Christmas of the century for Woodburn woman turning 100
Though Tuesday is Christmas, it's the day before the holiday that has been cause for celebration for one local woman.
Dawn Moehnke turned 100 on Dec. 24, and a celebration was held at Hoodview Church of God, where she attends, on Sunday afternoon, with close to 100 family members and friends stopping by to congratulate her on reaching the milestone.
Funnily enough, Moehnke never really looked forward to Christmas, since three of her birthdays during childhood were marred by the sudden deaths of relatives.
"We always anticipated something bad would happen at Christmas," she said.
But since her childhood Christmas has been a bigger deal, even now, as she continues to host Christmas dinner for her family.
The day Elsie Dawn Graves came into the world, on Dec. 24, 1918, no doctor could be found to deliver her because they were busy fighting the flu epidemic. So her grandma delivered her in the family home in Oregon City (just six days before she would have to deliver another grandchild). Dawn's father missed his firstborn's birth, as he was away in France just a month after the signing of the armistice ending World War I. Having been drafted late into the war, he was assigned to the Army of Occupation and wouldn't meet Dawn until she was nearly a year old.
When he returned, the family moved to 140 acres in the Beavercreek area, which the family still owns.
"I go back and forth," Dawn said from her home in Woodburn, where she has also lived since 1997. "But I said last week, I'm staying here (in Woodburn). I like Woodburn. I love this house."
She has ancestral ties to the area, too, as her great-great-grandfather, John Pinkard Graves was one of the first white settlers in the Mount Angel area, selling his land to Mount Angel Abbey (the land was called Graves Butte).
Even though she lives in town, Dawn will always be a country girl, she said. Raised on the property where her father ran a small sawmill operation and where as many as seven houses were built and lived in at a time, the ranch, called Hobby Horse Ranch by her sister, Hazel, was the ideal setting to grow up.
"We thought we were the luckiest kids in the world," Dawn said.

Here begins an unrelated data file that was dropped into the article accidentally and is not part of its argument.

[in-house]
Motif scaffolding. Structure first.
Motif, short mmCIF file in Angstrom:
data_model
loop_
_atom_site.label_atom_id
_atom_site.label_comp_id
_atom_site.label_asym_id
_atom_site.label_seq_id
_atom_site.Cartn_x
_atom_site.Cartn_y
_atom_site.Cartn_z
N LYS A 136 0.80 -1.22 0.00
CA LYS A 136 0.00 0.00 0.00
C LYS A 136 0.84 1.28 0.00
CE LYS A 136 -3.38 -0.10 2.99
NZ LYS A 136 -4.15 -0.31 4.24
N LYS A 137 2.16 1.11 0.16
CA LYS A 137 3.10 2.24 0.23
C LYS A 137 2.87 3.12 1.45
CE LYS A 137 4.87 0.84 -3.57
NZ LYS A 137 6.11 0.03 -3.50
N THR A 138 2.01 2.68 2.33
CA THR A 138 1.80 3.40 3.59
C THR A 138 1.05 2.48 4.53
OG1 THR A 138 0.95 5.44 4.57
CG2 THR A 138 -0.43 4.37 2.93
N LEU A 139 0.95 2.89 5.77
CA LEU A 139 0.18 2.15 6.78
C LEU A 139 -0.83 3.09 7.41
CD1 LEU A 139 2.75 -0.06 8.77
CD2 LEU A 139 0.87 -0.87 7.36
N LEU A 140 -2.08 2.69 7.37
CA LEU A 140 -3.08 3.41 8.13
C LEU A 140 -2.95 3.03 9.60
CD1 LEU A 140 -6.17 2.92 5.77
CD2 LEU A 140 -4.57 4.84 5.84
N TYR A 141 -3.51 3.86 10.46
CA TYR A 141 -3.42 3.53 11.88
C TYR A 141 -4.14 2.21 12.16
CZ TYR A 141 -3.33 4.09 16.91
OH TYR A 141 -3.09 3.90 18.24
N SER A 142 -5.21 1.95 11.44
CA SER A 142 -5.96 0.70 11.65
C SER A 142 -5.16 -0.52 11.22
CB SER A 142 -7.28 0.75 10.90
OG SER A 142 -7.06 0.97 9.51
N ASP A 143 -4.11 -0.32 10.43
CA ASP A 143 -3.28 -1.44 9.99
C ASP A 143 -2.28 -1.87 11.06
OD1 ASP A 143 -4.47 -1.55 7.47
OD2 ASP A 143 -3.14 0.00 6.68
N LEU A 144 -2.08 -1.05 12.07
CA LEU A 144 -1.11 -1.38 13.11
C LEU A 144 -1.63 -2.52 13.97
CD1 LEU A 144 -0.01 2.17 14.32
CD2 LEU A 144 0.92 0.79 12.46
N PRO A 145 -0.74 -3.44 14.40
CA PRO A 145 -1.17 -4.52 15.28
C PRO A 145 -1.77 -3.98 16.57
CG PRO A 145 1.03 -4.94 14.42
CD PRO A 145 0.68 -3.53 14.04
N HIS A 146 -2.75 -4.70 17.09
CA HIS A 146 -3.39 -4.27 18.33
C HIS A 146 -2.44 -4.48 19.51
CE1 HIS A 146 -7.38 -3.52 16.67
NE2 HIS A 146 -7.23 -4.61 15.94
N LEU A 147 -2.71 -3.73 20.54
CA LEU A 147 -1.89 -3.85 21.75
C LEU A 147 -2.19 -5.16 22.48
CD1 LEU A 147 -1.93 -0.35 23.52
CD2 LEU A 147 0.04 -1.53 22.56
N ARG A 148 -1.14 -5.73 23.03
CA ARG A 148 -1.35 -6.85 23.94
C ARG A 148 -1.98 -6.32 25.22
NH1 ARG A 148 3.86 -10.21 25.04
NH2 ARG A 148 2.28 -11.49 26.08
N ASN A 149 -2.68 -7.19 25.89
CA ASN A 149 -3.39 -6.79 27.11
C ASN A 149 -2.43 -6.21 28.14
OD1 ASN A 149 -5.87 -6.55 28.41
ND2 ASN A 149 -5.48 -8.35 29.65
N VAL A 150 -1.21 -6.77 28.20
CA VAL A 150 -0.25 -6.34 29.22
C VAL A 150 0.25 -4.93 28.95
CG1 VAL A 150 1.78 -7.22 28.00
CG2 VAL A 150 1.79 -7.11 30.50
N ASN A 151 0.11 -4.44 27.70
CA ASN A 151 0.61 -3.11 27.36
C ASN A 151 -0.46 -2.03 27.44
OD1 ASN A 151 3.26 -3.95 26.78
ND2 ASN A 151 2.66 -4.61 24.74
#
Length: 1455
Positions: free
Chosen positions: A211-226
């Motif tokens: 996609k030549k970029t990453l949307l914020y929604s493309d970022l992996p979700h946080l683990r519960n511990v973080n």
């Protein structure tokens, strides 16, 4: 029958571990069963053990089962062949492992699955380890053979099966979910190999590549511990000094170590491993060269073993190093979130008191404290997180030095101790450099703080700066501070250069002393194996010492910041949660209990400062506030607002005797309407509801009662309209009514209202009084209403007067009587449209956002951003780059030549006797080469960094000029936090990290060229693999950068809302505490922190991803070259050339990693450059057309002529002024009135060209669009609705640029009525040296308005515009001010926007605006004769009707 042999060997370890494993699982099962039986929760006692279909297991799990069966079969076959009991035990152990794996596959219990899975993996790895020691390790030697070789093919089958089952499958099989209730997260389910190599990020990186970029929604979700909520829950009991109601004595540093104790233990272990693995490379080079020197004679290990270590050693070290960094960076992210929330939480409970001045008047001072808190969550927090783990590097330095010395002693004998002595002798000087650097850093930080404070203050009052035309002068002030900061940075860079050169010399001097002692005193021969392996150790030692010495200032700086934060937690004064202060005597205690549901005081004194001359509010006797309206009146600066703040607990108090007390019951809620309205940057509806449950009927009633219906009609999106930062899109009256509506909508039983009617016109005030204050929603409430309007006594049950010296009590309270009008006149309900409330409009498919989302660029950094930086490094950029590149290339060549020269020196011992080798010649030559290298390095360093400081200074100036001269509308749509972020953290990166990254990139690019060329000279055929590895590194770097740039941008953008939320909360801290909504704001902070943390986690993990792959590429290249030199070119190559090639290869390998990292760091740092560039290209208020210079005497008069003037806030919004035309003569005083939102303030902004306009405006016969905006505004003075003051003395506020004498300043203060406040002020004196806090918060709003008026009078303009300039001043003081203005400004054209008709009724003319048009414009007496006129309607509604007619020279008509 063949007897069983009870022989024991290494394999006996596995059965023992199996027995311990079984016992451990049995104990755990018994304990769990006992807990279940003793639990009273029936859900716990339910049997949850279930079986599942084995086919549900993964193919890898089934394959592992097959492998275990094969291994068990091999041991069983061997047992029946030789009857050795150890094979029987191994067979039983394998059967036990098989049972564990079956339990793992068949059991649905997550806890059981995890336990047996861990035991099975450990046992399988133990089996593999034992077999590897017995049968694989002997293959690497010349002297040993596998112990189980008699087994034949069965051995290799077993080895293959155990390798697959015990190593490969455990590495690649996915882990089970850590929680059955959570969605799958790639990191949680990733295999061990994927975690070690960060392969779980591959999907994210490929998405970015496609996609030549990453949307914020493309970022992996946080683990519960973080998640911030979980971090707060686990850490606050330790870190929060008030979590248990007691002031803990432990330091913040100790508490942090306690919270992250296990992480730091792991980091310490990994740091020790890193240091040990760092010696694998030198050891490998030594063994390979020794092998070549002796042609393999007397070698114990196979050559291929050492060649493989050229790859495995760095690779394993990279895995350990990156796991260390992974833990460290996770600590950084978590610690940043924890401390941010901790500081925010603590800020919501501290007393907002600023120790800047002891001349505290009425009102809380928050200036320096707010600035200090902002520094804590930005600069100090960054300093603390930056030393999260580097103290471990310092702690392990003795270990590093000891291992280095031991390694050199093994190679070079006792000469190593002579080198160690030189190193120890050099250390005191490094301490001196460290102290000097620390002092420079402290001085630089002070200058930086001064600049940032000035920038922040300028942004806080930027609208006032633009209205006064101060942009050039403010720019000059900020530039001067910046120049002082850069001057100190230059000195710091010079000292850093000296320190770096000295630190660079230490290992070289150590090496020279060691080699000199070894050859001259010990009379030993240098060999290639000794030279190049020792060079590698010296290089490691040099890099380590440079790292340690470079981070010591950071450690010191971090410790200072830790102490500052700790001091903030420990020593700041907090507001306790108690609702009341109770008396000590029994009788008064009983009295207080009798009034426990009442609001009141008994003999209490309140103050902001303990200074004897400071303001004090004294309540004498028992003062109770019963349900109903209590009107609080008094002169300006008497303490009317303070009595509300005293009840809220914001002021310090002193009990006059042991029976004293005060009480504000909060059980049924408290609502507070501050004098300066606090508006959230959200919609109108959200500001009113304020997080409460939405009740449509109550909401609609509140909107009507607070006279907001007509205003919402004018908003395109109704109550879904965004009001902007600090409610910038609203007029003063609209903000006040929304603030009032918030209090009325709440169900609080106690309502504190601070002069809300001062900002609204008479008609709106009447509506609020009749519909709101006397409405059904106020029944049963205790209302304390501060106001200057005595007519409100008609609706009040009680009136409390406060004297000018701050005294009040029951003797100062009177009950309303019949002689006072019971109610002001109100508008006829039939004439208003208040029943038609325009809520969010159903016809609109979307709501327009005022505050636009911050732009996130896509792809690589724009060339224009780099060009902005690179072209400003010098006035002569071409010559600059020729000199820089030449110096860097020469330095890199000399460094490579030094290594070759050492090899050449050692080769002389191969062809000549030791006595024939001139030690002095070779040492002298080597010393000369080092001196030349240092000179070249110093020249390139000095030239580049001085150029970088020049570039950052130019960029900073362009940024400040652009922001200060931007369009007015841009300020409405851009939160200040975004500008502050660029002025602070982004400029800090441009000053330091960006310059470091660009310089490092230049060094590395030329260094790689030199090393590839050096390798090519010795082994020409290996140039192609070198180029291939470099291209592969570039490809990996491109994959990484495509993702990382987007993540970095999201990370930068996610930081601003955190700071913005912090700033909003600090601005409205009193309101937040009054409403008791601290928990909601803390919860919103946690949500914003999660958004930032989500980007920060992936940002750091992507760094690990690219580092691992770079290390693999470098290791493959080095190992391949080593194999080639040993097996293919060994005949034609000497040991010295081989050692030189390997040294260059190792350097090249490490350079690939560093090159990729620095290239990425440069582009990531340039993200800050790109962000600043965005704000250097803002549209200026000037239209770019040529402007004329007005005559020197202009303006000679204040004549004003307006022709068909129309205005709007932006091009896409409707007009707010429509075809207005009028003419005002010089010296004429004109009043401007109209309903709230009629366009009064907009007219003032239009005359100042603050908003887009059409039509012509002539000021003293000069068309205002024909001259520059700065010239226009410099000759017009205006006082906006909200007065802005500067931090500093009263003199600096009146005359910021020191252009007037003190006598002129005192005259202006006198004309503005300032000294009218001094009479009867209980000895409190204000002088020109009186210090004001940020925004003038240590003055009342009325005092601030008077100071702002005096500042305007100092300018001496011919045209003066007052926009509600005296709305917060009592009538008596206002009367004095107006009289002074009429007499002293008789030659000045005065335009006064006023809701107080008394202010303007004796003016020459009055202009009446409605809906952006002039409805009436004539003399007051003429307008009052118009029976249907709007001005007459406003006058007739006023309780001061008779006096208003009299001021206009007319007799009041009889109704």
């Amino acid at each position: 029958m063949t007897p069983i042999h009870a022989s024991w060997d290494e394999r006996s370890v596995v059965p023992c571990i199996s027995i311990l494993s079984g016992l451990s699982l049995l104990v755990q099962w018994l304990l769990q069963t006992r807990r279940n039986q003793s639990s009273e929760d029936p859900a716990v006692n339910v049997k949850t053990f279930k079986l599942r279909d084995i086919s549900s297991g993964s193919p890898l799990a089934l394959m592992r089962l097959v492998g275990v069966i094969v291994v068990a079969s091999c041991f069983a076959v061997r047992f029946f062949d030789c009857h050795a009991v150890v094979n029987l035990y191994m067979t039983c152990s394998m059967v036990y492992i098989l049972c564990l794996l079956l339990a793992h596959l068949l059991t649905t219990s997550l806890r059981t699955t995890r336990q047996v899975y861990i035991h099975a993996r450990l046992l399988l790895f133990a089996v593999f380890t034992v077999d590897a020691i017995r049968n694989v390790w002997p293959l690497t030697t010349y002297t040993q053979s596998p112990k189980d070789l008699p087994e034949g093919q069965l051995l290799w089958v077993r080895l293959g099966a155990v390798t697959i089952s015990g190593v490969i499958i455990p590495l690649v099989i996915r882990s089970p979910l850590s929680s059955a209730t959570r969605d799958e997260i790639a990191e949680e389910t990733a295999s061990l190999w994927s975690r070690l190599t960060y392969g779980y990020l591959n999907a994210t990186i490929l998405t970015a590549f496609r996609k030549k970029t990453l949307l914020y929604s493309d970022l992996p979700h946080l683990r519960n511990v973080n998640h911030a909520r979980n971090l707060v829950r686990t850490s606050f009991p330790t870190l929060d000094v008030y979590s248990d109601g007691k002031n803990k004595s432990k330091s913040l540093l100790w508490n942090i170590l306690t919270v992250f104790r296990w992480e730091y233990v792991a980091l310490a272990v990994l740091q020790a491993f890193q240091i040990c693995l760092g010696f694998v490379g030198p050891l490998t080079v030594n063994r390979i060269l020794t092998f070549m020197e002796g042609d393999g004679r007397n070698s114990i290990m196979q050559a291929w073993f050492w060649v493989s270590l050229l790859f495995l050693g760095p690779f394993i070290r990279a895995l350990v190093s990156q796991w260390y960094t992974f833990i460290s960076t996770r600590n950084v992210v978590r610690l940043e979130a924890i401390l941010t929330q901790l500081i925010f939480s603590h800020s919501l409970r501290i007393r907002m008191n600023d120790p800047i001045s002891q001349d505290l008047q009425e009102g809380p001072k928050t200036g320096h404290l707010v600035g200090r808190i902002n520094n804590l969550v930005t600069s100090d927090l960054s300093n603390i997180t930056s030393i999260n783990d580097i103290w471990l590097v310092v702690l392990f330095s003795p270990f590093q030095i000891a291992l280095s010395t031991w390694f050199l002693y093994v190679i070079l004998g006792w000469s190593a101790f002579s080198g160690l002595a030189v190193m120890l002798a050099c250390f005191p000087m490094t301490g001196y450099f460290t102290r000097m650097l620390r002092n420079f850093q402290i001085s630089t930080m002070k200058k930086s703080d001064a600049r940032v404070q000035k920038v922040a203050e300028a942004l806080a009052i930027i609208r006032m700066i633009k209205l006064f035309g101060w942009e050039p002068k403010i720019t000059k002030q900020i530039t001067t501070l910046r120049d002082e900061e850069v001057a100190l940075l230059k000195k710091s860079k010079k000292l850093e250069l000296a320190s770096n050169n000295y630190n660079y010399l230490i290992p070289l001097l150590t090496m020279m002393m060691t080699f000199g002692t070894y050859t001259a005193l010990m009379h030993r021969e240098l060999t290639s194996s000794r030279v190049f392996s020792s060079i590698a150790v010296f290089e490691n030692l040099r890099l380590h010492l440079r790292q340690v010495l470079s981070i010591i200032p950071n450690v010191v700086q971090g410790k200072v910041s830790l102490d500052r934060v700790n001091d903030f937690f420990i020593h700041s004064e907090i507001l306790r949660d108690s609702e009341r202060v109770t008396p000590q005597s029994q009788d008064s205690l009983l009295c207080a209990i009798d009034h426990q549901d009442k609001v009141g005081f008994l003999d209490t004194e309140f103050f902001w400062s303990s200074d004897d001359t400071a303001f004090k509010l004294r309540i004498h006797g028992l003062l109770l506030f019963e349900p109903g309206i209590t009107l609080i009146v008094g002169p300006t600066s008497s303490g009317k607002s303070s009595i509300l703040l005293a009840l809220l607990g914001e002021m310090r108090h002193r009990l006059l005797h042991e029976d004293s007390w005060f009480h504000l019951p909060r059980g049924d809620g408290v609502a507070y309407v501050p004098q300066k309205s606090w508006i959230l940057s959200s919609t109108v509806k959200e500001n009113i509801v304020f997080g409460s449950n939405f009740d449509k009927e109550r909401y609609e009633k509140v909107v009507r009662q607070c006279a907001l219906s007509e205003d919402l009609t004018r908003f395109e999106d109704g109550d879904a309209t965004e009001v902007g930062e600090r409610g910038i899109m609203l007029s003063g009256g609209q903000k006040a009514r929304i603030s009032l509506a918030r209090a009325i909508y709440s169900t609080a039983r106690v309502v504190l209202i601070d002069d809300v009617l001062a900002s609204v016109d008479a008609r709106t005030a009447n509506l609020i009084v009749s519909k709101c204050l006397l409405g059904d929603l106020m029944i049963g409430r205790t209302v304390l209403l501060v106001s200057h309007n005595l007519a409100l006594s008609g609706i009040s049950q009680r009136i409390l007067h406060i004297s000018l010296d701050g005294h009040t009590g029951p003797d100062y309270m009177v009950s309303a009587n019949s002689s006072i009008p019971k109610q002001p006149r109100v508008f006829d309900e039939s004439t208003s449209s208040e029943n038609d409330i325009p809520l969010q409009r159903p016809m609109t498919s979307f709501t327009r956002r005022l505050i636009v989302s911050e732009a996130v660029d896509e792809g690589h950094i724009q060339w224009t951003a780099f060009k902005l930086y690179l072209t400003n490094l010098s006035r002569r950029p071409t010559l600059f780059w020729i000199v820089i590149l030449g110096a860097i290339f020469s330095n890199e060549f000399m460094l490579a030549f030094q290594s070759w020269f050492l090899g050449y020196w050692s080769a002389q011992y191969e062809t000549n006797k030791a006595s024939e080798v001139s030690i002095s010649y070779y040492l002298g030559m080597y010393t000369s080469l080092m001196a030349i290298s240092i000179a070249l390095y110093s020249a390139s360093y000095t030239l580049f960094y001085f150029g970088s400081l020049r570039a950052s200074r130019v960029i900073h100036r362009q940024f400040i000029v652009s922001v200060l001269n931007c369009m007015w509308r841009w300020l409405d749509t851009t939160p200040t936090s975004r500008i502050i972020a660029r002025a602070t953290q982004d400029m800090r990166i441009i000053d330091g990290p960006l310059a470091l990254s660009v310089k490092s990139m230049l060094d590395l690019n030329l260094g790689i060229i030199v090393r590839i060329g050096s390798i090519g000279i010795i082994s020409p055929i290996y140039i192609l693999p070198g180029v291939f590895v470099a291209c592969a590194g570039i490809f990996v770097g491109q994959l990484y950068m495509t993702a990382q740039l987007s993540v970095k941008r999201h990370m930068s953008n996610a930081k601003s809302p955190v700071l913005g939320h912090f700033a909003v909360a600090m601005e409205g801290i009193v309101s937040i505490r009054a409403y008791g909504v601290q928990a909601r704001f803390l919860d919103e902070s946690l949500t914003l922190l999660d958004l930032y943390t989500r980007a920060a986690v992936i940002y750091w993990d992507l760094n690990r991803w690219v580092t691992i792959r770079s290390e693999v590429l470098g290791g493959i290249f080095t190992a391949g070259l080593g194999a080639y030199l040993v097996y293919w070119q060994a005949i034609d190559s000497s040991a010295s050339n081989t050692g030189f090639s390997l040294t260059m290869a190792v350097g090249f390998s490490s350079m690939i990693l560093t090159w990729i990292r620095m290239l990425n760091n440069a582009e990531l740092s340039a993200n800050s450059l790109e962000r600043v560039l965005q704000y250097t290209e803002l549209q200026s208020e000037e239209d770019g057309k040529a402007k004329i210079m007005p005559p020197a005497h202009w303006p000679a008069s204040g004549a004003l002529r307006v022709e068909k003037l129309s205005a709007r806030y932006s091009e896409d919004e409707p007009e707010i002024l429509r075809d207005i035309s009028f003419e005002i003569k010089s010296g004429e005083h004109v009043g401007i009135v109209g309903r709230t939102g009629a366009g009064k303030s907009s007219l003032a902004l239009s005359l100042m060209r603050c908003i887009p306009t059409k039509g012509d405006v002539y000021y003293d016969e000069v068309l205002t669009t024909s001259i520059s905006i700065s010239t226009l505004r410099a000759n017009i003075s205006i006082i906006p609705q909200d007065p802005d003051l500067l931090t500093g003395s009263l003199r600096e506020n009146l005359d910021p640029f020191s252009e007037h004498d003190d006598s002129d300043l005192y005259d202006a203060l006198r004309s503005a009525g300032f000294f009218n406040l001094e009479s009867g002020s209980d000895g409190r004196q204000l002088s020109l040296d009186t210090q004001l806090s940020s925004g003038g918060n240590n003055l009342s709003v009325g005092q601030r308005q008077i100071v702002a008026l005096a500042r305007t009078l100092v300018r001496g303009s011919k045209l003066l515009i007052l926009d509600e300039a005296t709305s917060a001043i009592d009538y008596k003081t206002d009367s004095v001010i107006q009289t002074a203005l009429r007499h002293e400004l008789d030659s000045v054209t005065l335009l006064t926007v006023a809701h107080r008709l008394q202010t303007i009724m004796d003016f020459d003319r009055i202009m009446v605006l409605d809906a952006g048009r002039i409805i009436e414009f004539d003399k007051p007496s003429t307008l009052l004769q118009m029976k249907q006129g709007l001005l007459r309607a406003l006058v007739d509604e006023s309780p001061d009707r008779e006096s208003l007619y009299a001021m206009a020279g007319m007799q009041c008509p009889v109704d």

Dawn graduated from Oregon City High School in 1936 and married Wally Moehnke two years later. Wally's family was their nearest neighbor, but she didn't meet him until her 17th birthday at a dance. They would be married for 57 years and have two children, Judi, born in 1940, and Gary, born Dec. 8, 1941, the day after the Pearl Harbor attack sparking the start of World War II for the country.
"It was the first night of blackout," Dawn remembered. "So the delivery room was all blacked out and they had a flashlight and the doctor came in and said to turn on the lights, we have a baby to deliver."
Like Dawn's father, Wally Moehnke worked in timber his whole life.
"My husband was one of the first who had a power saw," Dawn said, reflecting on how other loggers thought that was unfair because they were paid by how much timber they could accumulate.
During World War II, Wally was exempt from fighting because the mill made spar poles (masts) for ships.
While Wally worked, Dawn kept busy, picking berries, beans, hops, you name it. She still keeps her own garden. on top of that, she was the first PTA president for Dickey Prairie School (outside Molalla) and helped bring in hot lunches and a school bus. It was a different world already from the one she grew up in, where she walked three miles to a one-room schoolhouse.
When Wally was supposed to retire in the late '70s, Gary took over the business, and the couple would sometimes visit Las Vegas or Reno, Nevada, but they didn't travel much.
"We were happy at home," Dawn said.
Her husband, who even in retirement continued to work for the timber business, started getting weak, and doctors couldn't figure out what was wrong. Just 24 hours after he was finally diagnosed with leukemia, Wally died.
Dawn's grandson moved in with her, but soon she branched out on her own, moving into a house in Woodburn, but returning to the ranch regularly. It's been 21 years.
"This is the first time in my life I've been able to do what I want," she said. "When I was living with my parents, I always did what they said and then I always did what my husband said — he was a good man, don't get me wrong. But I came here to do what I want for the first time. I will stay here as long as I can get from my bed to the bathroom to the refrigerator."
Though she has outlived both of her children and her younger sister, she still has plenty of family that checks in on her daily. In addition to her two grandchildren, eight great-grandchildren and five great-great-grandchildren, her niece-in-law Lee Church, who is more like a daughter to her, and her family live in Woodburn and gladly drop by, call or take her where she needs to go (she hasn't driven for four years).
"I don't care if she lives to be 200, I'll still be here to help," Lee said.
"It's so exasperating I can't do what I used to," Dawn said. "I'm not used to being cared for."
But she has a clean bill of health, having never been one to drink or smoke and keeping active. She said she was getting a walker for Christmas, but Lee insists she doesn't need it.
"She doesn't sit down and be quiet; she stays busy," Lee said. "She's healthier than her doctor."
Still, Dawn will indulge herself with the occasional sweet — in fact, in her family she's known for her pies.
"(The family) will get after me and I'll say, I'm 100 years old, I do as I please because it won't make any difference," Dawn laughed.